The purpose of this article is twofold. First, we summarize research on the topic of privacy in Human–Computer Interaction (HCI), outlining current approaches, results, and trends. Practitioners and researchers can draw upon this review when working on topics related to privacy in the context of HCI and CSCW. The second purpose is that of charting future research trends and of pointing out areas of research that are timely but lagging. This work is based on a comprehensive analysis of published academic and industrial literature spanning three decades, and on the experience of both ourselves and of many of our colleagues.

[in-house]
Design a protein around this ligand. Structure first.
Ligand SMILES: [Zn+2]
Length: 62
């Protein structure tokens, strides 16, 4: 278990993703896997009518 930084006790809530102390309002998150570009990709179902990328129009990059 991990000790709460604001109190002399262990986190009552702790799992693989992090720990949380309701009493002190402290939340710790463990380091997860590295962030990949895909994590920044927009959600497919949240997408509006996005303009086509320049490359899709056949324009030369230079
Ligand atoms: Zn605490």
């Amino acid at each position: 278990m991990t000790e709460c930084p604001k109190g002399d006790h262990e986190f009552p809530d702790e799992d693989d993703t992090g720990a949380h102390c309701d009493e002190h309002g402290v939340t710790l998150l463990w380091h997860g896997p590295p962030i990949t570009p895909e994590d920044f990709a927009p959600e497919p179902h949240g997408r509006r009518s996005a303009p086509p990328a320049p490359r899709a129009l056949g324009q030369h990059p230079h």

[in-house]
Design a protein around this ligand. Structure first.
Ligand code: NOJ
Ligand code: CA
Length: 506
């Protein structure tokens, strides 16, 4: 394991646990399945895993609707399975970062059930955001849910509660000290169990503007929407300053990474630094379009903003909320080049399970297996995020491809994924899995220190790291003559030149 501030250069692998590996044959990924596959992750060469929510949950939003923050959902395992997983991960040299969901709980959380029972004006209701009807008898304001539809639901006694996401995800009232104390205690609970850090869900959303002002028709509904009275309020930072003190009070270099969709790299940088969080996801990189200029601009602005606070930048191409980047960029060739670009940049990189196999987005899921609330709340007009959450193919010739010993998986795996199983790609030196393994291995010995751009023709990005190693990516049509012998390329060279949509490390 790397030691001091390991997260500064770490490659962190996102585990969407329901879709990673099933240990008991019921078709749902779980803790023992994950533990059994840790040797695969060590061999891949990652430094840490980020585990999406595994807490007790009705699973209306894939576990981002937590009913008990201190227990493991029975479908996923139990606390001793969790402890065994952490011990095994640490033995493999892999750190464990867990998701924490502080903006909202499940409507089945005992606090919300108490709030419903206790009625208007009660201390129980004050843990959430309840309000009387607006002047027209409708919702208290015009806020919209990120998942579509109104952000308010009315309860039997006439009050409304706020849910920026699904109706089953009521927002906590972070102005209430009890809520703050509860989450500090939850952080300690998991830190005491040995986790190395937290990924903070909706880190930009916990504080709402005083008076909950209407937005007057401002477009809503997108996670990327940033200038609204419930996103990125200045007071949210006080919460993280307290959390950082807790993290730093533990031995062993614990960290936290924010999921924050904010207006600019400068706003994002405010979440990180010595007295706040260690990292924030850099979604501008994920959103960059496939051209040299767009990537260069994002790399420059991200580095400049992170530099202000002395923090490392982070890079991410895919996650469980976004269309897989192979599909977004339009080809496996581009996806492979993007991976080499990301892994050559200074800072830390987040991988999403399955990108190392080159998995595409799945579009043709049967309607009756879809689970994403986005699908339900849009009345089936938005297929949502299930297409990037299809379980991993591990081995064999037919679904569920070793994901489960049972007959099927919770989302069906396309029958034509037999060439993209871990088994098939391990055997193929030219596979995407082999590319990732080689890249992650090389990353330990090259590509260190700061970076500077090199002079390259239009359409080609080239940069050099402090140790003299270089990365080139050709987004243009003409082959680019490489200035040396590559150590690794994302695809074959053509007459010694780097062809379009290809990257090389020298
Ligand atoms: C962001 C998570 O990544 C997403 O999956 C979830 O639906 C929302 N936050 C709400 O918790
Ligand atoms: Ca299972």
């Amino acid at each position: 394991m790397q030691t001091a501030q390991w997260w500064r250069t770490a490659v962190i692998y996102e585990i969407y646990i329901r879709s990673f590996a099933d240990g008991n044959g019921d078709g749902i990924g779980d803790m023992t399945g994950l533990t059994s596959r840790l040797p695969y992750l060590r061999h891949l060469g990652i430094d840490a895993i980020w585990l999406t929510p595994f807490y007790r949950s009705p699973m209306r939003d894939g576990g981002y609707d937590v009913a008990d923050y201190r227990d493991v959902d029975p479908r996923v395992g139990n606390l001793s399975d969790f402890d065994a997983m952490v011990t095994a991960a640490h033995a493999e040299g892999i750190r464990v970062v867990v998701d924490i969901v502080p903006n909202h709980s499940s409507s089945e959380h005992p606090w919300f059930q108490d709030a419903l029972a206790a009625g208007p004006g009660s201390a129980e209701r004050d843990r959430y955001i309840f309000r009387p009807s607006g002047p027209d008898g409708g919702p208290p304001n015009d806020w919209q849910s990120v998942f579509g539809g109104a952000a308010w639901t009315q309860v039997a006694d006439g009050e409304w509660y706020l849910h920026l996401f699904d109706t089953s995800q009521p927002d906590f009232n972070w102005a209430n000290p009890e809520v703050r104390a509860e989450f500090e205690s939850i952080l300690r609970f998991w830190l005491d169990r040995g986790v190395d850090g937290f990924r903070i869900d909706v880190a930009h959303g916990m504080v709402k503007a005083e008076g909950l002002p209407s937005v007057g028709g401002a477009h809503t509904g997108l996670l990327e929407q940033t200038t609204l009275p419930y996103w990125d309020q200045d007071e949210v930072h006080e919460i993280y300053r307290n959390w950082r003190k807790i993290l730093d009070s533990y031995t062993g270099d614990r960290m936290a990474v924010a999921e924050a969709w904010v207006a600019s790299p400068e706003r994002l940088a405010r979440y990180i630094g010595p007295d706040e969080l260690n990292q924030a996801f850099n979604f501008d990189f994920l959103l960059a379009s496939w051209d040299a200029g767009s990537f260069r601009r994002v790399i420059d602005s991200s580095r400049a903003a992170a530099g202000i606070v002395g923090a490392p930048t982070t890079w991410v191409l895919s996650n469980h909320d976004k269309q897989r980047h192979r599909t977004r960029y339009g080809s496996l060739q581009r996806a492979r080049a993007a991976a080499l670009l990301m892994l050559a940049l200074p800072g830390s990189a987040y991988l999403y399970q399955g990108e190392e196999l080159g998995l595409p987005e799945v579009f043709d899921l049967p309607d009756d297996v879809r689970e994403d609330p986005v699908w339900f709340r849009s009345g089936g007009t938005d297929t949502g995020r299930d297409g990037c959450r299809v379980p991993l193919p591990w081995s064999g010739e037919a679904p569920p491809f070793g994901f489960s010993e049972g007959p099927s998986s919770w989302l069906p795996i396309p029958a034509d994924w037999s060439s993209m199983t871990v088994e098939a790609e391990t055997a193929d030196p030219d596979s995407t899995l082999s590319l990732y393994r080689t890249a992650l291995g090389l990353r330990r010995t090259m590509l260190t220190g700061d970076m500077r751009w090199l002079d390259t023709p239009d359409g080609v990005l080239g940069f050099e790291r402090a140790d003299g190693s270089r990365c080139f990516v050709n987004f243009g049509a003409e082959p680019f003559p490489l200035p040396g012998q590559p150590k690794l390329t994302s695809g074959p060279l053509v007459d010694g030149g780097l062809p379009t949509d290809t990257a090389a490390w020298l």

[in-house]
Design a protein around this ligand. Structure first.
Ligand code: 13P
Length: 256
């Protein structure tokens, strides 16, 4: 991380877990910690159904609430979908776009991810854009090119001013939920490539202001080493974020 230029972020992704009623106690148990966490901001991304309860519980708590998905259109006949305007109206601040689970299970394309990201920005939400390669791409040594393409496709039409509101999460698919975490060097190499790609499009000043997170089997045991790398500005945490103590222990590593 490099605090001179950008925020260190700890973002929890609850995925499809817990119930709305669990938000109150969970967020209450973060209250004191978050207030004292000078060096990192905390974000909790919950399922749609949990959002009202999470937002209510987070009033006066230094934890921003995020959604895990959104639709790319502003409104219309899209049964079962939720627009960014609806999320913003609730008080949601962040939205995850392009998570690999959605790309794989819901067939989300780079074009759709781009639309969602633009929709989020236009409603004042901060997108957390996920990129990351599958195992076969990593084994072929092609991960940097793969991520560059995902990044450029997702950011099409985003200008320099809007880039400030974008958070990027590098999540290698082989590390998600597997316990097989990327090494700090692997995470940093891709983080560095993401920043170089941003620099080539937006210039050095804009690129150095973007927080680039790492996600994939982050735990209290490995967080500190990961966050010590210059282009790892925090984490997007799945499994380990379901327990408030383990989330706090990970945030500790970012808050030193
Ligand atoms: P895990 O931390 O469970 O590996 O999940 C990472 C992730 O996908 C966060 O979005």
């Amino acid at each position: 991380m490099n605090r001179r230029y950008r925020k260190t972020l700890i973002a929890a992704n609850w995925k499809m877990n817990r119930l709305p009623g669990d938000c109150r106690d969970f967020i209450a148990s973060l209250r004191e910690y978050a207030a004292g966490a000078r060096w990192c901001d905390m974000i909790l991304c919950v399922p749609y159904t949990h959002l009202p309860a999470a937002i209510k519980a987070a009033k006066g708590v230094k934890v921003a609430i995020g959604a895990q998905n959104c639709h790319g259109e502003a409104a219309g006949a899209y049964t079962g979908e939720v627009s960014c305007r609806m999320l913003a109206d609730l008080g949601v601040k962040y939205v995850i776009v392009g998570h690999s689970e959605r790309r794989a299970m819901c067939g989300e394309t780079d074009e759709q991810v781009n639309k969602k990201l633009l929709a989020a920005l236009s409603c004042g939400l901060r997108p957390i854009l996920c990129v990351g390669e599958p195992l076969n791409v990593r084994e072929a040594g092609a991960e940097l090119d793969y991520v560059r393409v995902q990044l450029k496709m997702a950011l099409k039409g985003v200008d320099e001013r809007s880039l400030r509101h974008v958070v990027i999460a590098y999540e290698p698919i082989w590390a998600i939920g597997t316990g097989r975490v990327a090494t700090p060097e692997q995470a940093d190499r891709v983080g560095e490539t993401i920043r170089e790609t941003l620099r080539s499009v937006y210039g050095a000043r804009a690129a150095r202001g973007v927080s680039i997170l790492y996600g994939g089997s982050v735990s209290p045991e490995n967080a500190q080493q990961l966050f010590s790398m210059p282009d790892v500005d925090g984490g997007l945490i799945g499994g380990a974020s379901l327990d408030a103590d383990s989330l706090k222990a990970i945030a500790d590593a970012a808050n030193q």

End-User Privacy in Human-Computer Interaction surveys the rich and diverse landscape of privacy in Human-Computer Interaction (HCI) and Computer Supported Cooperative Work (CSCW), describing some of the legal foundations and historical aspects of privacy, sketching out an overview of the body of knowledge with respect to designing, implementing, and evaluating privacy-affecting systems, and charting many directions for future work. The authors first summarize the research that has been done on the topic over the past three decades, outlining current approaches, results, and trends. They proceed to chart future research trends and point out areas of research that are timely but lagging. In summarizing thirty years of privacy research in HCI and CSCW, End-User Privacy in Human-Computer Interaction helps to shed light on many of the salient issues and will help practitioners and researchers alike explore these complex issues in a more informed and conscious way.